In addition to Ampere, Kelvin, Mol and Co., the kilogram also is now defined by a natural constant. In concrete terms, this means that the original kilogram, which has been the measure of all things for 130 years, has now served its purpose in Paris. This is made possible by the single crystals grown from the highly enriched isotopic silicon-28 at the Leibniz-Institut für Kristallzüchtung (IKZ).
The new International System of Units (SI) was adopted at the 26th General Conference on Weights and Measures in Paris on 16 November 2018. Now the system officially came into force on 20 May 2019, the World Metrology Day. From now on, 7 natural constants form the foundation of all measures.
Prototype of a silicon-28 single crystal after growth in a floating zone plant in the context of the KILOGRAM project.
Hereafter, a new definition for the kilogram is valid using the Planck constant and thus this unit is no longer determined through the mass of the „original kilogram". The scientific and high-technology communities mostly benefit from this.
The IKZ played a decisive role in replacing the almost 130-year-old artificial object of the original kilogram, because the structurally perfect crystals of isotopically-pure silicon-28 (Si-28, enrichment up to 99.9995 %) grown at the IKZ were of decisive importance for this project.
In these crystals, almost all the atoms have the same mass and are arranged in a regular three-dimensional lattice, which makes a very exact assignment possible between the mass of the crystal and the number of its atoms.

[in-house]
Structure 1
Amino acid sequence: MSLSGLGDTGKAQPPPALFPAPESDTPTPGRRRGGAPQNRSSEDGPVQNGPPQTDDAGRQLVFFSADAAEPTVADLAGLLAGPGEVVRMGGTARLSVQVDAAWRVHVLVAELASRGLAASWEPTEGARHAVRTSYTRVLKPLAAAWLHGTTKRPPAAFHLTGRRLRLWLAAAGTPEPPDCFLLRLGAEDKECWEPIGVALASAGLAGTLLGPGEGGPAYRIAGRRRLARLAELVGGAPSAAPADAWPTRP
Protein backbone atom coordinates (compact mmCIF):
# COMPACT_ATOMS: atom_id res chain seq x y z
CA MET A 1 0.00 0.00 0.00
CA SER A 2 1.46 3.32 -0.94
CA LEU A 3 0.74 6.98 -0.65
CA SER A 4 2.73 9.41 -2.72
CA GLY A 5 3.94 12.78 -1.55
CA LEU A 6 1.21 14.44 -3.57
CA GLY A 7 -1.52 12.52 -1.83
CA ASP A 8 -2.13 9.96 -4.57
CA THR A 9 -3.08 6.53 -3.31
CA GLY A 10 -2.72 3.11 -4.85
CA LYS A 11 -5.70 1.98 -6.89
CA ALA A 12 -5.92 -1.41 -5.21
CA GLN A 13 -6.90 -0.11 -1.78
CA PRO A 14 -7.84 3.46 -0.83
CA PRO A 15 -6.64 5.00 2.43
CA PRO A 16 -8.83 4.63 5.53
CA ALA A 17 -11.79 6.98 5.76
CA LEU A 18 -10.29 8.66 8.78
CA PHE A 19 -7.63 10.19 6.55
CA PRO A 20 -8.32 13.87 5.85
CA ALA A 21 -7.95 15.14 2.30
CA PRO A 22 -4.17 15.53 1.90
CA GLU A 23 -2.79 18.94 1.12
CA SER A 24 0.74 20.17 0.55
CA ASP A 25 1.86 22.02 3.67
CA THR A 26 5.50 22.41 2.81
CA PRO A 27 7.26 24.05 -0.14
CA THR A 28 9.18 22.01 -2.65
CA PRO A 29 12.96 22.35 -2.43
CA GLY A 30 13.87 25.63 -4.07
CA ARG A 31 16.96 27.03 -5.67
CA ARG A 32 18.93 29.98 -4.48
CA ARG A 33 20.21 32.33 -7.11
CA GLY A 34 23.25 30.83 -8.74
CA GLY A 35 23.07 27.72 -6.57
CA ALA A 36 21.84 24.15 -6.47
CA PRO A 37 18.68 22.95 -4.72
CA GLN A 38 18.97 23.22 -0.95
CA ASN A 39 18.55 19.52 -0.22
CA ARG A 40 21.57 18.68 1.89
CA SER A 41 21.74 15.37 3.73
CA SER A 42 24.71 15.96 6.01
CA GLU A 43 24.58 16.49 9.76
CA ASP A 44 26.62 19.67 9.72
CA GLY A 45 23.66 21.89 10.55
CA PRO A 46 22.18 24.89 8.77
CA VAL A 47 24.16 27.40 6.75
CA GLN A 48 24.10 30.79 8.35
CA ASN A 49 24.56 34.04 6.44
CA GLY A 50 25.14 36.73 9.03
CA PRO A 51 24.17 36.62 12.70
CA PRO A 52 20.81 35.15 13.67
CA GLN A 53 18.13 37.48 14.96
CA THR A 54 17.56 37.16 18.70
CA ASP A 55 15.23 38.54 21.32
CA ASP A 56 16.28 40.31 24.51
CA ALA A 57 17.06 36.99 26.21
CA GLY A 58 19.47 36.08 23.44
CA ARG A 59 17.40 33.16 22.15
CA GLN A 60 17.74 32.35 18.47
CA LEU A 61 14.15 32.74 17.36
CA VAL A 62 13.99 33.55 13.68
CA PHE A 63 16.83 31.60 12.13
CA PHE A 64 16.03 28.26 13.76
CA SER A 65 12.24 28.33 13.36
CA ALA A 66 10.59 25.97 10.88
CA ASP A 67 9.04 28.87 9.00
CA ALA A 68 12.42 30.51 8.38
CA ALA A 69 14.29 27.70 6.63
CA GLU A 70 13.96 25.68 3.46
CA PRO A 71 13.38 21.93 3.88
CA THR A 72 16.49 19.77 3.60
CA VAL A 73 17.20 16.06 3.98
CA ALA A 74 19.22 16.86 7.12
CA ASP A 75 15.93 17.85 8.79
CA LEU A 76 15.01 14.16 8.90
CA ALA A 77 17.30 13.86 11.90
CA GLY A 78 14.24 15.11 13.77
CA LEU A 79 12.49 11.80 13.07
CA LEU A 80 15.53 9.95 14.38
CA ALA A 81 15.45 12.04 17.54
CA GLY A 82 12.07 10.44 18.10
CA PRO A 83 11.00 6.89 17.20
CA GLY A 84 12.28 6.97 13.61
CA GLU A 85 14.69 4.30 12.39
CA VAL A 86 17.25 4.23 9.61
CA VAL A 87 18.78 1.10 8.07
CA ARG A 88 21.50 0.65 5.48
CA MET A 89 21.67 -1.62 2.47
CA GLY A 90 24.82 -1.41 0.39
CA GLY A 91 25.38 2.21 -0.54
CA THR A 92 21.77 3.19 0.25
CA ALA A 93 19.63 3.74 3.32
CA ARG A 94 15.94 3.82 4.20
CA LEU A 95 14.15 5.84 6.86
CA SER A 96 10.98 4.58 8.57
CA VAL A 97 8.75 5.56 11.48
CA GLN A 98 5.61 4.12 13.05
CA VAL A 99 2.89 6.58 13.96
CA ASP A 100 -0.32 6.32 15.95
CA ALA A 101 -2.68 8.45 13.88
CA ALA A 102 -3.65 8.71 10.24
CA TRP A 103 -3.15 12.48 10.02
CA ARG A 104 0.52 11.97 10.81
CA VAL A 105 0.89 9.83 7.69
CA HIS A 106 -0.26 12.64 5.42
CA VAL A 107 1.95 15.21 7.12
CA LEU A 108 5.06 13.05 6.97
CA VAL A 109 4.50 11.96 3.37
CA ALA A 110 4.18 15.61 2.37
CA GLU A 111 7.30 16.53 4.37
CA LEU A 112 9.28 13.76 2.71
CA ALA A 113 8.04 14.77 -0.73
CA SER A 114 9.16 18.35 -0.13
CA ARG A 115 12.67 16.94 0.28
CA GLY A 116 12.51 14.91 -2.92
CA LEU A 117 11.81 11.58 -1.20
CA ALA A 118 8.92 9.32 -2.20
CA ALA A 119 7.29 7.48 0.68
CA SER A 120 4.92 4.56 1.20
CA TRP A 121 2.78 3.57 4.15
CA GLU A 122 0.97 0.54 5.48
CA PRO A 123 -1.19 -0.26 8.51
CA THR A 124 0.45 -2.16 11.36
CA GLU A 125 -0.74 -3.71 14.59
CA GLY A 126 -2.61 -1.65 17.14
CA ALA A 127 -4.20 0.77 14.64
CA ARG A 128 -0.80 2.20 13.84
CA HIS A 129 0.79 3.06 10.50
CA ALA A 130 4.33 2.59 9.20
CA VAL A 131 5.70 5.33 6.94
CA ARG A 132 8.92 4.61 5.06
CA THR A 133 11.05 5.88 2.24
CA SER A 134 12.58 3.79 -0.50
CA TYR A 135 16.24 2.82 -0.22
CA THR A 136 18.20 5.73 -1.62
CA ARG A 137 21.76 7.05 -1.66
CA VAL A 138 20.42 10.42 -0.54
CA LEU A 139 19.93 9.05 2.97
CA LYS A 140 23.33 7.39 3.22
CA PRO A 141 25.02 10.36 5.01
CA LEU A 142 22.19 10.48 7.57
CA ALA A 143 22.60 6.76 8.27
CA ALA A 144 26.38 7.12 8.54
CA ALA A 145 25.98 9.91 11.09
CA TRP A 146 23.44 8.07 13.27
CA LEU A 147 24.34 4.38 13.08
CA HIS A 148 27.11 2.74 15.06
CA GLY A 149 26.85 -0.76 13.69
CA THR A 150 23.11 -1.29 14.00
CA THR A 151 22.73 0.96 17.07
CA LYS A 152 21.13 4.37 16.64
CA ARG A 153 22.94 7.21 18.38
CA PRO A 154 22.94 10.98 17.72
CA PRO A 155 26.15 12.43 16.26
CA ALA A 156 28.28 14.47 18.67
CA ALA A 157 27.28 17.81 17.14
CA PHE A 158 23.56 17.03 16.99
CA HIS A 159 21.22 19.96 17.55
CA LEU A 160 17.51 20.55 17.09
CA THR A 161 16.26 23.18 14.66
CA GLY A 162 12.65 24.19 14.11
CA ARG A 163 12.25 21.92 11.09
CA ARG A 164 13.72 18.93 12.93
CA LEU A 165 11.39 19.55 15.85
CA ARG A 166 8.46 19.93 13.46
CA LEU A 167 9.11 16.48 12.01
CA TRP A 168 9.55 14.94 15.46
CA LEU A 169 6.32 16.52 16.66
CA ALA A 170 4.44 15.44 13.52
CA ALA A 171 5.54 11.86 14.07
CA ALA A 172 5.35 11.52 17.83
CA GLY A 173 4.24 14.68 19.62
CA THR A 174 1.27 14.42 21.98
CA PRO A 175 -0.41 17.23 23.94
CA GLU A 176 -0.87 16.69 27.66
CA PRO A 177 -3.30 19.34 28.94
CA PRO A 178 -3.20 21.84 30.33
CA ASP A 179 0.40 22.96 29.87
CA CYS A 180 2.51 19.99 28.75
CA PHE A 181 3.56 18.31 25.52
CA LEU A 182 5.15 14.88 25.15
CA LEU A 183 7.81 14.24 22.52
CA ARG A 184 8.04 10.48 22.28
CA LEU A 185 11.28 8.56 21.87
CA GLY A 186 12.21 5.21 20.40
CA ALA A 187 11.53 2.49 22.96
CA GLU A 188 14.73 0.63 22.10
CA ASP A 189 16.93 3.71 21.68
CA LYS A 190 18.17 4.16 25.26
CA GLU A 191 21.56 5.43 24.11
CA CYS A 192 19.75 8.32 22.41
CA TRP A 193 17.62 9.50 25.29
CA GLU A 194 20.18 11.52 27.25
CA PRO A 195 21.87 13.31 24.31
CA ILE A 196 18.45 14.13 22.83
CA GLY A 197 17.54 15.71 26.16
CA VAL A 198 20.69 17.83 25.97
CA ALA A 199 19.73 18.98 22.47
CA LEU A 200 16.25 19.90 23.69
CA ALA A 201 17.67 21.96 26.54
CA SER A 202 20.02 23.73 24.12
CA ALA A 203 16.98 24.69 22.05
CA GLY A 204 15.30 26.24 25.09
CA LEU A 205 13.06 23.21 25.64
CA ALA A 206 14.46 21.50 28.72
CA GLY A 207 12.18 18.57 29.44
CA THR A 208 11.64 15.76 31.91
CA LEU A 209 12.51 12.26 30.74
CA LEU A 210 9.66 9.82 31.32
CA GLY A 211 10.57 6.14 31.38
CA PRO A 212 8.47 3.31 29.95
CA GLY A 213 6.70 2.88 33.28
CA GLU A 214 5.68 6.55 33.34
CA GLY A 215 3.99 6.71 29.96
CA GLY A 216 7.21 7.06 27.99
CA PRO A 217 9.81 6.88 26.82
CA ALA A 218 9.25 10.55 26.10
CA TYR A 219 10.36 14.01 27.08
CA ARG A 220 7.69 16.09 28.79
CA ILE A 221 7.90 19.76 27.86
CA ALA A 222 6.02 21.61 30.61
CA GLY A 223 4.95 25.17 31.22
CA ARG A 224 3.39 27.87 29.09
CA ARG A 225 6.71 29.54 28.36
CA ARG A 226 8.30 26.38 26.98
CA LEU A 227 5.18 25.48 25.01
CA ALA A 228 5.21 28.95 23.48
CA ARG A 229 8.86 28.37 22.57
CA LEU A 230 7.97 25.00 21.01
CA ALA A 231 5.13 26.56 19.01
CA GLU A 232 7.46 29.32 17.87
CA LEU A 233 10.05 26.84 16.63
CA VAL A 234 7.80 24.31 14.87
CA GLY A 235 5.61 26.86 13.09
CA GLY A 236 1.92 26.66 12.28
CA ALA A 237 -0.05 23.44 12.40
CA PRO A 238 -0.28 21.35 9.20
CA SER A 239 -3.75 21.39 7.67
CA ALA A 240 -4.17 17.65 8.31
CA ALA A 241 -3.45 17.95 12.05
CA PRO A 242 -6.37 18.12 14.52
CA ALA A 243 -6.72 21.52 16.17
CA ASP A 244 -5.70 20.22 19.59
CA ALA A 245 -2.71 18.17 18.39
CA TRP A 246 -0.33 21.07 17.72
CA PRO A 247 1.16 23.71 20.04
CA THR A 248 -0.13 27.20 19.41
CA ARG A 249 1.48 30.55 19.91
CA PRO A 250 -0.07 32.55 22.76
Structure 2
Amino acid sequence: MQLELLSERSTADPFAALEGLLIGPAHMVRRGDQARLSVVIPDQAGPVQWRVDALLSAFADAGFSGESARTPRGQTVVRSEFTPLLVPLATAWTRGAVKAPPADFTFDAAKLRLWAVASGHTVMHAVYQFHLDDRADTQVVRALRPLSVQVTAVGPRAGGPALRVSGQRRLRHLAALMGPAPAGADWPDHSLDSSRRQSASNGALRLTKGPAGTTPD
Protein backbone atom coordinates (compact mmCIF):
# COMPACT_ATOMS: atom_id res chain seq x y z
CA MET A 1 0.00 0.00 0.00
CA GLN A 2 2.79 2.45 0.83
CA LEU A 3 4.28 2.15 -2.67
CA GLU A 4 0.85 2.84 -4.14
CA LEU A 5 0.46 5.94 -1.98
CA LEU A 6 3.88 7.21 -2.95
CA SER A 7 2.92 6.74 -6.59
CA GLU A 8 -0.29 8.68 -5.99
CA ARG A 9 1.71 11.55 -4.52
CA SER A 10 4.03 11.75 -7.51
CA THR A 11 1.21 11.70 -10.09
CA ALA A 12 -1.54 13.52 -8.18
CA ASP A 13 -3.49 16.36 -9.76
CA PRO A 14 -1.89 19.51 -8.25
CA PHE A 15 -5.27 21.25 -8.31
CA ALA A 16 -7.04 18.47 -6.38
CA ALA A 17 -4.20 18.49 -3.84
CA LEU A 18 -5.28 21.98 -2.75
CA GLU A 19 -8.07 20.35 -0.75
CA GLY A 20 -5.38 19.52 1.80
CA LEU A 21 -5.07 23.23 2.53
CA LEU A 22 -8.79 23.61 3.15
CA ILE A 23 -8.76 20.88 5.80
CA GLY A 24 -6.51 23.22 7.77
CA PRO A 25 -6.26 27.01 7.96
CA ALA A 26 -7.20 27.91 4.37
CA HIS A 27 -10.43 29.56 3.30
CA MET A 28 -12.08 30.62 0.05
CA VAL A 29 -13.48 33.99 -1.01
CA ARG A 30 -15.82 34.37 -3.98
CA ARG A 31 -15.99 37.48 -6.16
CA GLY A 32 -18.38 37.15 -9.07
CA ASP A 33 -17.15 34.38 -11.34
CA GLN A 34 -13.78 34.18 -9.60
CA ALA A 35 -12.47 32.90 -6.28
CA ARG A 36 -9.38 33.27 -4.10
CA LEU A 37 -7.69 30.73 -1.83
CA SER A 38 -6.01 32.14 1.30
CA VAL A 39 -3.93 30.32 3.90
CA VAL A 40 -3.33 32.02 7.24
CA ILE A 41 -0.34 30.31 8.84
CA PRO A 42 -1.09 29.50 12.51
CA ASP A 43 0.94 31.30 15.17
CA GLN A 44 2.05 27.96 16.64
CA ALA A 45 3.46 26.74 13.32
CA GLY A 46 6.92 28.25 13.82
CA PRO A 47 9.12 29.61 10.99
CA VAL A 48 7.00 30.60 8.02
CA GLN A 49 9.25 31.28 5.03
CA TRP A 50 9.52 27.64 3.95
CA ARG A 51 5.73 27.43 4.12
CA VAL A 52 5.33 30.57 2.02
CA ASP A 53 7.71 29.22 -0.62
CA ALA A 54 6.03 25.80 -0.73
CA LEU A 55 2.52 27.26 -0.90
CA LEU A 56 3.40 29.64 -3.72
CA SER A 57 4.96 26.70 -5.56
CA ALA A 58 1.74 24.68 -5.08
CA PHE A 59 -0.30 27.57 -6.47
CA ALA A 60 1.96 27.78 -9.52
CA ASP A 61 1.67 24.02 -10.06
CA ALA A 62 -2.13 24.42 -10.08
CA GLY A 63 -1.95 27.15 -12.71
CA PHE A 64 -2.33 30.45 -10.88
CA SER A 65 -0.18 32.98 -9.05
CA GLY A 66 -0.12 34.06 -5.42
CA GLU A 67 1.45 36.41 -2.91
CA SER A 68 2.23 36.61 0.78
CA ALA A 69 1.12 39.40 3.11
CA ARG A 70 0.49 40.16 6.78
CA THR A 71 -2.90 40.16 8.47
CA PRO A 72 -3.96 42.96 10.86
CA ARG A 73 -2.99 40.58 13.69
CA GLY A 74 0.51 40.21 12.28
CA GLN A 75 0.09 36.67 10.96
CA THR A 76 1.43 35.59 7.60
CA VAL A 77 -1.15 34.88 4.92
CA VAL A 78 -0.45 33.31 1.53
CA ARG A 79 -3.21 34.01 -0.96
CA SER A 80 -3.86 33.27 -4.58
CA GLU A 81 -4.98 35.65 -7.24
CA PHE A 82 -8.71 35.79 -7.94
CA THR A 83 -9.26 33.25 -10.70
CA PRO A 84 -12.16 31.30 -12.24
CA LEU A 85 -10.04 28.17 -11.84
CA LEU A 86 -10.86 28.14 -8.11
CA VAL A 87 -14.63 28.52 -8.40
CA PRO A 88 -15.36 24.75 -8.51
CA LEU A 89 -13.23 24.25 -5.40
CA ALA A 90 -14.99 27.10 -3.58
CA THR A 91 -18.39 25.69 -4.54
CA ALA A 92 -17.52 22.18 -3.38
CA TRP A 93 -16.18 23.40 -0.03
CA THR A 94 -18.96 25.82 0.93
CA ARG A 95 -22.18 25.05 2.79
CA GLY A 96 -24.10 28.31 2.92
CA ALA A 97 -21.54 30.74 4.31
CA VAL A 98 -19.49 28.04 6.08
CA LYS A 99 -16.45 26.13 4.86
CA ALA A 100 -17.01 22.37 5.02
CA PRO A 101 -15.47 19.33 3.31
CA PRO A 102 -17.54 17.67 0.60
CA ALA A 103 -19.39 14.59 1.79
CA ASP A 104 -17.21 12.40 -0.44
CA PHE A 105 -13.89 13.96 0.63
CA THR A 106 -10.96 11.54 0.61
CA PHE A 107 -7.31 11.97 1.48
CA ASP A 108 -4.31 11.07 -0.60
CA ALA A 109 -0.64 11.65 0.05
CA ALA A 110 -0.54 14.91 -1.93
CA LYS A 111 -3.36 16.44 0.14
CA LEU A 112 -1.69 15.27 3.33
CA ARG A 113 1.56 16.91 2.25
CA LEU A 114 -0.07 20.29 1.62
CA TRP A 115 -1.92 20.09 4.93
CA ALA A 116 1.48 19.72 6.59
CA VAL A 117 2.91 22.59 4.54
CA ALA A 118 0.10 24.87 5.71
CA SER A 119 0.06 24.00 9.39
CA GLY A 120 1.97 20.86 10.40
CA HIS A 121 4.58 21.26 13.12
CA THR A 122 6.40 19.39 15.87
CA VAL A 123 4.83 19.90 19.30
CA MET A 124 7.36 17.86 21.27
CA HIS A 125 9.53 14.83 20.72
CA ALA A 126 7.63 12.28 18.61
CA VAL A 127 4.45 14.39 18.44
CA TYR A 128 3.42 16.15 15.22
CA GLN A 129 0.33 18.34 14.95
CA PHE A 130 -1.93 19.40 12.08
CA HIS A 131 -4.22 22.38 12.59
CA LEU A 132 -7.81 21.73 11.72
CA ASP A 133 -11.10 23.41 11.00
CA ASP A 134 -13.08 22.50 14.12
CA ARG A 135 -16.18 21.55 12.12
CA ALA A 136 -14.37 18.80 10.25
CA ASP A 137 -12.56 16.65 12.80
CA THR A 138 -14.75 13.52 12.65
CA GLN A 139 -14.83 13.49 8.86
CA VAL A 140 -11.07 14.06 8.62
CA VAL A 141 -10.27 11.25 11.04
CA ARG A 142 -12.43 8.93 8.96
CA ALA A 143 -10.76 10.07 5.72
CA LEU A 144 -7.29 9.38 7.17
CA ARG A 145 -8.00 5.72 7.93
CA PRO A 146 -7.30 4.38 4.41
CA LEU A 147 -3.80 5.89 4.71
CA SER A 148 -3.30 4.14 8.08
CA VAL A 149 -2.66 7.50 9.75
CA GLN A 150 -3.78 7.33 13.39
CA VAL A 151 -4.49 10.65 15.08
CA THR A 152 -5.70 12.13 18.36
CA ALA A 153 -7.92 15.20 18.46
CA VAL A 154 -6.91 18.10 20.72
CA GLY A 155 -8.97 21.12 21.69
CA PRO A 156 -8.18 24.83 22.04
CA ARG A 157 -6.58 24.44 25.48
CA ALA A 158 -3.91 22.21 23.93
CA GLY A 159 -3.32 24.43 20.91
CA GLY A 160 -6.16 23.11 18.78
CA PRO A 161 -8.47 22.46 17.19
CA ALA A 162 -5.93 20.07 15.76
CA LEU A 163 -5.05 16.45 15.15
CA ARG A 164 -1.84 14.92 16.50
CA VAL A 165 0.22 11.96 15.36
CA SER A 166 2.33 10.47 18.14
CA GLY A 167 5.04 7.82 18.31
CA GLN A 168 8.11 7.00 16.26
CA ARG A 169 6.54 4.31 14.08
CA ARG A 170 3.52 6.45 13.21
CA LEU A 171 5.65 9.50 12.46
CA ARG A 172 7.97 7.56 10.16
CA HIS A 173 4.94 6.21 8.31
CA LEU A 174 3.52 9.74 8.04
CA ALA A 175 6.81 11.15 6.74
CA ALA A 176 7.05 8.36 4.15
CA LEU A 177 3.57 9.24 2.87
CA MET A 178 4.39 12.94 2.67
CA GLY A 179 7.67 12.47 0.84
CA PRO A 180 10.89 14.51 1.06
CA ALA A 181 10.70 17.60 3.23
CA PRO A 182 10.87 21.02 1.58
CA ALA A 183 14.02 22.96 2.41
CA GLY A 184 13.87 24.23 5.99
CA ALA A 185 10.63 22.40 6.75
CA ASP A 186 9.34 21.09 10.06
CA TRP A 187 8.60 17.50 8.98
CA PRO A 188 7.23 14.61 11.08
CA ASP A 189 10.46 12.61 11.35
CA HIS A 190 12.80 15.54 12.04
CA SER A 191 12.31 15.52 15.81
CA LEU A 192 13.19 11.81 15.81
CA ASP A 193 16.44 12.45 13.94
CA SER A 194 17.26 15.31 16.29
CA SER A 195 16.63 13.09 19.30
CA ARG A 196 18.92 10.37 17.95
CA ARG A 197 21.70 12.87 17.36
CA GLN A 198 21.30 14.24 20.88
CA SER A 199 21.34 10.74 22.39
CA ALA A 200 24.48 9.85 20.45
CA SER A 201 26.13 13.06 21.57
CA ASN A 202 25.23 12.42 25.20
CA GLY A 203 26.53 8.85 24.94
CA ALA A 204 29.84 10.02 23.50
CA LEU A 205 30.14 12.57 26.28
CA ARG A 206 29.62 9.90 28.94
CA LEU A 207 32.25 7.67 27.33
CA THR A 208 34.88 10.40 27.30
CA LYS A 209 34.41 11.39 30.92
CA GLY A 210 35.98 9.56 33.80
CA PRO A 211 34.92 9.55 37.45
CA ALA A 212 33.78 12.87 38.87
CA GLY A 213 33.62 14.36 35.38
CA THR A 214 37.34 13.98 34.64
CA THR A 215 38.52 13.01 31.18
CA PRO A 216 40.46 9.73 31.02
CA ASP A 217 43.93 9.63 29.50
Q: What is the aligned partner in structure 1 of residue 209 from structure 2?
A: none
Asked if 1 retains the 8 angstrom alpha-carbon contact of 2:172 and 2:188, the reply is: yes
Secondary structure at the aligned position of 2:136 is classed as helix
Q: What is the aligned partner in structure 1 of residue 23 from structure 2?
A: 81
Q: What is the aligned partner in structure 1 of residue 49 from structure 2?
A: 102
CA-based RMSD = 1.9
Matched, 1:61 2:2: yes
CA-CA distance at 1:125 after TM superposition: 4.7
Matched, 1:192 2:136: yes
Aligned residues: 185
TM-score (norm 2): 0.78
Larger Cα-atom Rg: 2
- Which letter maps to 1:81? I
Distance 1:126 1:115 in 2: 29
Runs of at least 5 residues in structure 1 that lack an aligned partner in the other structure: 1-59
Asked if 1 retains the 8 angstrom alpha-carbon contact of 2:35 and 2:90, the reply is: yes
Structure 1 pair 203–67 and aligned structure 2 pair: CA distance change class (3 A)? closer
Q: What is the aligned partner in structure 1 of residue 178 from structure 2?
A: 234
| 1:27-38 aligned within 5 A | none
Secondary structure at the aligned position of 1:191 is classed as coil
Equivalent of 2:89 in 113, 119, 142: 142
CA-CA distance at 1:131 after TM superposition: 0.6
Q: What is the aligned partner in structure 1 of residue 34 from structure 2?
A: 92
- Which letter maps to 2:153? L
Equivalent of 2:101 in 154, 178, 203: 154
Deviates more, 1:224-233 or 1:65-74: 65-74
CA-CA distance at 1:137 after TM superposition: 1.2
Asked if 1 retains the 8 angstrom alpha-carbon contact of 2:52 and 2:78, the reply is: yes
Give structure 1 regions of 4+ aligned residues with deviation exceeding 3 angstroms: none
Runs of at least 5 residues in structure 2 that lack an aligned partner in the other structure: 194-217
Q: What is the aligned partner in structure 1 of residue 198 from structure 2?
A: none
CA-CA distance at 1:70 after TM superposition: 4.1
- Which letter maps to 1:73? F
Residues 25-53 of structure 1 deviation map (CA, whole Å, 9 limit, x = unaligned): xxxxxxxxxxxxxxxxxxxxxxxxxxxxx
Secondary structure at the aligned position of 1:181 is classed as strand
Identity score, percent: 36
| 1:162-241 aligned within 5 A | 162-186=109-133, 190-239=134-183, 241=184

From this relation, the value of the Avogadro constant could be derived with unprecedented precision and thus used as a fundamental natural constant for the definition of the kilogram, since the Plank constant could be determined more precisely with the help of the Avogadro constant.
In the new SI system, the value of the Avogadro constant is determined and one mole therefore contains exactly 6.02214076×10 to the power of 23 individual particles.
But that is not everything. Now all 7 basic units are defined by natural constants. This has been the case for many years for the second (with the hyperfine structure transition of the ground state in the Cs atom), the metre (via the speed of light) and the candela (via the photometric radiation equivalent of a special radiation).
Now the other units also follow, whereby here the elementary charge (for the ampere), the Boltzmann constant (for the Kelvin), the Avogadro constant (for the mole) and the Planck constant (for the kilogram) play the decisive roles.
Within the framework of the "KILOGRAM" projects led by the Physikalisch-Technische Bundesanstalt (PTB) in Braunschweig, several very precise spheres with shape deviations of less than 20 nm at a diameter of about 94 mm and with a defect-free polished surface were prepared from the silicon-28 crystals grown at IKZ using the float-zone method (FZ).
Under these preconditions, PTB succeeded in determining the number of silicon-28 atoms in a crystal sphere of 1 kilogram total mass, with the required uncertainty of less than 2 x 10 to the power of -8.
It amounts to: 2.152538397 x 10 to the power of 25 atoms of silicon-28
In order to guarantee the necessary purity of the crystals grown from this material, various material-intensive molten-zone cleaning steps are necessary. The special challenges were therefore the approx. 1000 times higher material price compared to conventional silicon as well as the limited amount of material availability.